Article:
MARLINTON, W.Va. — When New York production company Partisan Pictures was given the task to film and produce a three-part series about technology and the Internet, the crew searched for interesting stories to include and came across Green Bank – the small town at the center of the National Radio Quiet Zone.
It didn’t take long for Partisan Pictures president, producer, director and cinema- tographer Peter Schnall to decide Green Bank needed to be part of the project.
“As we were looking around for really cool and interesting and unusual stories about technology, we bumped into a story – online, of course – about Green Bank, and we thought, ‘how interesting,’” Schnall said. “What a sort of opposite tale to the rapid and sort of pell mell pace and changes in technology, and how it affects us on a daily basis – from cellphones to the Internet to just our daily lives inundated more and more with technological marvels and wonders to the point where, to a certain extent, it impedes on our daily life.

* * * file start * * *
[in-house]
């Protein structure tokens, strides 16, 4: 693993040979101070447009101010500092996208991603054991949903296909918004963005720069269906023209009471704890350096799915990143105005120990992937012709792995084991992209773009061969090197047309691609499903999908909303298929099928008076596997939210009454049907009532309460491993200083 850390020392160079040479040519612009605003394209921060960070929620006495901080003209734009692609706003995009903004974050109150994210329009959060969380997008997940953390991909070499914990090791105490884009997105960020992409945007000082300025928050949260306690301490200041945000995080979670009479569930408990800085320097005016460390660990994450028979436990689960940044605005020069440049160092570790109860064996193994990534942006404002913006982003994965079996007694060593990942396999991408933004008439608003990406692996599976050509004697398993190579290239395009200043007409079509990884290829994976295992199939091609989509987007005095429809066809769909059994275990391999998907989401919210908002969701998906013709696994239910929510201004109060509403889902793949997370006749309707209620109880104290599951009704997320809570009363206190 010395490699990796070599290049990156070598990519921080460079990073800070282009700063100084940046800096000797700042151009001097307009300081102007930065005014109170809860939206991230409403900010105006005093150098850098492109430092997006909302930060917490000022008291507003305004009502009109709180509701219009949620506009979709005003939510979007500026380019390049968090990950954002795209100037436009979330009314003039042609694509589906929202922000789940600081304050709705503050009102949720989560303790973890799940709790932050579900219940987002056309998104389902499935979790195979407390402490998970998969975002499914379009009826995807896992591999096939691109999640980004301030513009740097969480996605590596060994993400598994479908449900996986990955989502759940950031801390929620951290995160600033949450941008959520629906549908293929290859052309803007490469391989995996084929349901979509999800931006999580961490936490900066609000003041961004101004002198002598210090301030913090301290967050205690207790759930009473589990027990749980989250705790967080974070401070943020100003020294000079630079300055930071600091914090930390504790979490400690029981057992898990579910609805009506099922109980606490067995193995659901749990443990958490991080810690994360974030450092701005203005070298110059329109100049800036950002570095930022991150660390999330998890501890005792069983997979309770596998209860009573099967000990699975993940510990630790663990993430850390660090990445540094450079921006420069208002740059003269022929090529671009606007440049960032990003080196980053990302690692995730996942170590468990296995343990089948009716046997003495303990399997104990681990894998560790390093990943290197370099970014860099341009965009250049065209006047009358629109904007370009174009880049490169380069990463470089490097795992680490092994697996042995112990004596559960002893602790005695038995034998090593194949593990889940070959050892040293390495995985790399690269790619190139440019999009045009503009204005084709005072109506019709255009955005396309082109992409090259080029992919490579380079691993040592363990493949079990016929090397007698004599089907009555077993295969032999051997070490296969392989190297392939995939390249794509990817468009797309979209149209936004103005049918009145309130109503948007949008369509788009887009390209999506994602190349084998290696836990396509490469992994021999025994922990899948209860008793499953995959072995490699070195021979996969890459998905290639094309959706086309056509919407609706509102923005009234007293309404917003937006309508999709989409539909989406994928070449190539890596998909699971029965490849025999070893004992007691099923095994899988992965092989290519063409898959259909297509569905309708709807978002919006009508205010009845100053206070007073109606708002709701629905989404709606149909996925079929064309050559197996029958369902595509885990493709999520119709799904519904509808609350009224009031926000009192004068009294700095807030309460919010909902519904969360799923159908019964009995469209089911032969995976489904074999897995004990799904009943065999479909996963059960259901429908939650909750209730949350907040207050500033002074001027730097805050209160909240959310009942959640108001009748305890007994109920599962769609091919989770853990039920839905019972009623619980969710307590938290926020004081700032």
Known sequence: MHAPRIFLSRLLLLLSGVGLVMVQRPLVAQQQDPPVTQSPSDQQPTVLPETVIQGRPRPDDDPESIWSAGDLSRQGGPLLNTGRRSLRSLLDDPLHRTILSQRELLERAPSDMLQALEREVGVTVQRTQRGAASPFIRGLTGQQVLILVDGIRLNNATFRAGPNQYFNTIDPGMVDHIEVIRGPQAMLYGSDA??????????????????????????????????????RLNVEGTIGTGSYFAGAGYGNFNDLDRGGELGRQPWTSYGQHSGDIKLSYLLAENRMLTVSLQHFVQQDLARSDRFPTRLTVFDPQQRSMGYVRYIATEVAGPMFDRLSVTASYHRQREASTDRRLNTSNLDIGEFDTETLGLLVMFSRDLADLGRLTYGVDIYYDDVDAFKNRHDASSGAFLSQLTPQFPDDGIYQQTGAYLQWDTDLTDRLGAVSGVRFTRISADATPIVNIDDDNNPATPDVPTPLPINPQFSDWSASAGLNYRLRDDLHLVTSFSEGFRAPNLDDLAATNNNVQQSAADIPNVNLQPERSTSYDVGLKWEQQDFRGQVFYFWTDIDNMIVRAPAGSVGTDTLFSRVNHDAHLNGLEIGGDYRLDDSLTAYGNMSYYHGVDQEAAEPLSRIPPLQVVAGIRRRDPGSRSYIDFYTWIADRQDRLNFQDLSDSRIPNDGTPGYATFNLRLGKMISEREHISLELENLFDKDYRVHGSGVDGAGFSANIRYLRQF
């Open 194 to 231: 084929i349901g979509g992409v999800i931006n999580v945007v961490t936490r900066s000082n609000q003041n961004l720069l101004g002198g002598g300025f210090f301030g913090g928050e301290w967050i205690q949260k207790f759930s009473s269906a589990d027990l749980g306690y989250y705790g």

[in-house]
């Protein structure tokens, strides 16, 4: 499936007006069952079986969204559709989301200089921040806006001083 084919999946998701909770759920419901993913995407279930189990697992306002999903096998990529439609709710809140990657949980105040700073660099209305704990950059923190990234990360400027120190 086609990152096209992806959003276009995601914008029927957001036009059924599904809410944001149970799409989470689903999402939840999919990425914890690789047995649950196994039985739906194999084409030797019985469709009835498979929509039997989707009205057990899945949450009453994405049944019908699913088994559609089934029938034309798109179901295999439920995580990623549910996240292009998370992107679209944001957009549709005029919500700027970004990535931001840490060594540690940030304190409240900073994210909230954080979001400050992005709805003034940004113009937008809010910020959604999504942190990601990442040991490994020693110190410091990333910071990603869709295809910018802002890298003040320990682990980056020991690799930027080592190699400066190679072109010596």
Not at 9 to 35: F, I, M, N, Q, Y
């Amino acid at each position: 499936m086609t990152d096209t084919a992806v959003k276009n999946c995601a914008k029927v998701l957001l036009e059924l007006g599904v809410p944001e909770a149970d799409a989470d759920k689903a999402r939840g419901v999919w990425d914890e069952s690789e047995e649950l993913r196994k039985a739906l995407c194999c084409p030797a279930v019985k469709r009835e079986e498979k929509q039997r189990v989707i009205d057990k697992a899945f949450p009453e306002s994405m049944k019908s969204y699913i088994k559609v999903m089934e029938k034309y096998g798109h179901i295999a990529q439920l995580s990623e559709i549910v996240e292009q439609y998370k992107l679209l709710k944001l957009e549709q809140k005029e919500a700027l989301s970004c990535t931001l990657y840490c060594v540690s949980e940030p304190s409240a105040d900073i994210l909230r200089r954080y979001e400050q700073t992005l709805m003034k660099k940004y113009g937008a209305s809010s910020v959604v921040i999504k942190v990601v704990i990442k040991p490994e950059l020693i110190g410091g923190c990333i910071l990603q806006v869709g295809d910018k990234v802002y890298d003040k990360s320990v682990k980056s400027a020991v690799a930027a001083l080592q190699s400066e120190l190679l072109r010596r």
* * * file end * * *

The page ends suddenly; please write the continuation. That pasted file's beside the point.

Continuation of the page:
“We spend so much time staring down at these tablets and phones, and yet, here’s a story about a place in a very quiet, rural small town, and it’s not that life has stood still – life is very much moving in a normal pace here,” he continued. “Green Bank is not much different than anywhere else in America but there is a very sort of slower technological journey all having to do with the Green Bank Telescope.”
Schnall, along with producer Emily Harrold, cameraman Reuben Pacheco and sound editor Aaron Scott Webster, came to Green Bank last week to meet with and interview residents about life without cellphones and constant connectivity…